WHITE HORSE STREET
Location: London, UK
Scope: 5 Residential lofts + Retail
Stage: Planning permission granted 2012
Client: Motcomb Estates
Architect: Studio Seilern Architects
Planning Consultant: Daniel Rinsler & Co
Services Engineer: Hilson Moran
Structural Engineer: AKT II
Rights of Light: Drivers Jonas
Quantity Surveyor: Davis Langdon
Located in one of the last remaining Dickensian Streets in London, No. 10-11 White Horse Street, is an extraordinary site that required a unique design. The site offers only 17% of its exterior to street frontage, being sandwiched between listed buildings on Shepherd Market, the Hilton Hotel on Half Moon Street and the former Naval & Military Club on Piccadilly Street.
The development is mixed use, comprising five residential lofts with retail spaces at ground level. A challenging brief to reduce the density on site combined with limited street frontage resulted in a different residential building type: lofts in Mayfair.
This very insular site posed many difficulties including the lack of natural light, so we had to explore ways in which we could bring in more natural light and create extended views.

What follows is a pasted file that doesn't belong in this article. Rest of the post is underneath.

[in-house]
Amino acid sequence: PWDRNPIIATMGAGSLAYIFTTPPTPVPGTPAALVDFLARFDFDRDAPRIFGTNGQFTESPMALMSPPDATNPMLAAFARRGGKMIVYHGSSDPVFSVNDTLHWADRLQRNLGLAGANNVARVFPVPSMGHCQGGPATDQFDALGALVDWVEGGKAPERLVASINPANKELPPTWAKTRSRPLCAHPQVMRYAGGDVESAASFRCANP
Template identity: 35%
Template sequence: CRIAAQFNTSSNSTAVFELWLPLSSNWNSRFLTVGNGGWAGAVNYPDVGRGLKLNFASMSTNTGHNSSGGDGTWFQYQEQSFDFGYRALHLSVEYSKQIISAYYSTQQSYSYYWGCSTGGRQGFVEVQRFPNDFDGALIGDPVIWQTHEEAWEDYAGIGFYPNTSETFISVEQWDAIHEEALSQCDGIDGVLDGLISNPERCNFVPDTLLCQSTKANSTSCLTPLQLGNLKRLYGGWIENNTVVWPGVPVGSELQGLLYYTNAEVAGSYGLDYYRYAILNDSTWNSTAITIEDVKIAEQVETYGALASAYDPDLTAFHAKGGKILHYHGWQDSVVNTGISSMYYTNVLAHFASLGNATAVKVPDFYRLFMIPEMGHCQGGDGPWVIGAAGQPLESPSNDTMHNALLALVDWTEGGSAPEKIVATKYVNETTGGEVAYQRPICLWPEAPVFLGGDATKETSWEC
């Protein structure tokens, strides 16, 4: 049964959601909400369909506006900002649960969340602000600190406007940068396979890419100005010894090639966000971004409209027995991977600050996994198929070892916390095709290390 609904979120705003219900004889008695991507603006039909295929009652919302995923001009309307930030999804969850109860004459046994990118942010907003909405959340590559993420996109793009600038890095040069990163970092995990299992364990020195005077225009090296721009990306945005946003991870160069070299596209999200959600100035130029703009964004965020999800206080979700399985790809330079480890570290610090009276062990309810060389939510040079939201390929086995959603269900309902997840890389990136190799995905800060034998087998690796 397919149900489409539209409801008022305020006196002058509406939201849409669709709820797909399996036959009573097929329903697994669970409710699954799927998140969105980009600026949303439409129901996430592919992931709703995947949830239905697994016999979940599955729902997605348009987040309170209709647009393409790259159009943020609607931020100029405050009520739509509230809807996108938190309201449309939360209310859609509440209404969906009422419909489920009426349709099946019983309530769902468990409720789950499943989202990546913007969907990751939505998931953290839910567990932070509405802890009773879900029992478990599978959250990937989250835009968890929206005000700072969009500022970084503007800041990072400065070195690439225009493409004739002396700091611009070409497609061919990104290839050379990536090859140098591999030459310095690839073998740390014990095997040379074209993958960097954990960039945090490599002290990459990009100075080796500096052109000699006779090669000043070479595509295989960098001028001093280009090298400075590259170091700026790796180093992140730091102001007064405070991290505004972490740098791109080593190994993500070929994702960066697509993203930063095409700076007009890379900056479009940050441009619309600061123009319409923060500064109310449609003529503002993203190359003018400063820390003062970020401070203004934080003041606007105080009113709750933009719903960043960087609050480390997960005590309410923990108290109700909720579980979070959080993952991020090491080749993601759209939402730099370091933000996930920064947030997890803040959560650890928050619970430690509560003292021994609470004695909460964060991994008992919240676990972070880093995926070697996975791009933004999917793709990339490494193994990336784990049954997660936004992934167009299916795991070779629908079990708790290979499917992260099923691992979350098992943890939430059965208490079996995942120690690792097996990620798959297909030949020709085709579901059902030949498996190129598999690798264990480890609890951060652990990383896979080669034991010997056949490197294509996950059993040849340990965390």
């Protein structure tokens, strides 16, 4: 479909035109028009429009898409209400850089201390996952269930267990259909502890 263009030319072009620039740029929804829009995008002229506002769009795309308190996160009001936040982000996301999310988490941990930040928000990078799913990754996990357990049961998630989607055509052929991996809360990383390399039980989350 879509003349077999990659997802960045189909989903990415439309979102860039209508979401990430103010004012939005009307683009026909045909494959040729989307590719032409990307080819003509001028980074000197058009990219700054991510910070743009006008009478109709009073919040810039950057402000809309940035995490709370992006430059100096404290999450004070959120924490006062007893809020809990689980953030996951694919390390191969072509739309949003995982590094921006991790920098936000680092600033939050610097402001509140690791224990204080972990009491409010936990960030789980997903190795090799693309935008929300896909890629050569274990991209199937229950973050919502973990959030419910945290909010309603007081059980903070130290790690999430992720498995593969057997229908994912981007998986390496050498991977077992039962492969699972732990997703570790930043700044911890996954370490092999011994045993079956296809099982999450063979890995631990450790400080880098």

An internal residential courtyard creates a sense of privacy through a careful landscaping strategy consisting of mature trees, green walls and mirrors.
The courtyard building presents its principal façade at an angle on the courtyard. The façade has been designed on a 6x6m grid, thus creating a series of six stacked volumes of regular proportions, expressed sliding back and forth, thus creating a dynamic exterior and a broken-down scale.
Each volume represents one double height living room, with views that face onto the private courtyard or at the upper levels.
The side party walls are green walls, and a large mirror has been introduced in the midst of this, giving a sense of space and adding greater depth to the whole site.
The views have been carefully orchestrated to feel as open as possible whilst maintaining privacy. A series of gardens and balcony spaces interact with the internal layouts of the lofts in order to drive natural light into the depth of the plan and frame outward views.